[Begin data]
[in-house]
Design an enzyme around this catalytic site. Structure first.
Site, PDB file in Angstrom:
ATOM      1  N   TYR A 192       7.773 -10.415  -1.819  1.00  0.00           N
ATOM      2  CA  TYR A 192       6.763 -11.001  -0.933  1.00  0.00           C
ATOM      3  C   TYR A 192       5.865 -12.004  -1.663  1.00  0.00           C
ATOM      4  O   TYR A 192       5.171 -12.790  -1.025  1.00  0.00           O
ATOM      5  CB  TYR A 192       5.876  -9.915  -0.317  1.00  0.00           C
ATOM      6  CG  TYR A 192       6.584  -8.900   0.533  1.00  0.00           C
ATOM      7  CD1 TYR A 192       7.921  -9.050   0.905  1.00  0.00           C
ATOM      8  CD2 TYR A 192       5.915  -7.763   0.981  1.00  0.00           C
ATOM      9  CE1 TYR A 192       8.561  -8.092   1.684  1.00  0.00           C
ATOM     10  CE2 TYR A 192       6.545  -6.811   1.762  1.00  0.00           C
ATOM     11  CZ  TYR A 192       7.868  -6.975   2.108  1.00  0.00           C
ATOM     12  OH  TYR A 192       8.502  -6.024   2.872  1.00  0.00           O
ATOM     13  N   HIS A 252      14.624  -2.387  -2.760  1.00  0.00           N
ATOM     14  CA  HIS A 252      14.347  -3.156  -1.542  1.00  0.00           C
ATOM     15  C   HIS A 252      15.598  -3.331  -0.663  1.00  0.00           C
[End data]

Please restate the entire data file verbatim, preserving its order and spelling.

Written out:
[in-house]
Design an enzyme around this catalytic site. Structure first.
Site, PDB file in Angstrom:
ATOM      1  N   TYR A 192       7.773 -10.415  -1.819  1.00  0.00           N
ATOM      2  CA  TYR A 192       6.763 -11.001  -0.933  1.00  0.00           C
ATOM      3  C   TYR A 192       5.865 -12.004  -1.663  1.00  0.00           C
ATOM      4  O   TYR A 192       5.171 -12.790  -1.025  1.00  0.00           O
ATOM      5  CB  TYR A 192       5.876  -9.915  -0.317  1.00  0.00           C
ATOM      6  CG  TYR A 192       6.584  -8.900   0.533  1.00  0.00           C
ATOM      7  CD1 TYR A 192       7.921  -9.050   0.905  1.00  0.00           C
ATOM      8  CD2 TYR A 192       5.915  -7.763   0.981  1.00  0.00           C
ATOM      9  CE1 TYR A 192       8.561  -8.092   1.684  1.00  0.00           C
ATOM     10  CE2 TYR A 192       6.545  -6.811   1.762  1.00  0.00           C
ATOM     11  CZ  TYR A 192       7.868  -6.975   2.108  1.00  0.00           C
ATOM     12  OH  TYR A 192       8.502  -6.024   2.872  1.00  0.00           O
ATOM     13  N   HIS A 252      14.624  -2.387  -2.760  1.00  0.00           N
ATOM     14  CA  HIS A 252      14.347  -3.156  -1.542  1.00  0.00           C
ATOM     15  C   HIS A 252      15.598  -3.331  -0.663  1.00  0.00           C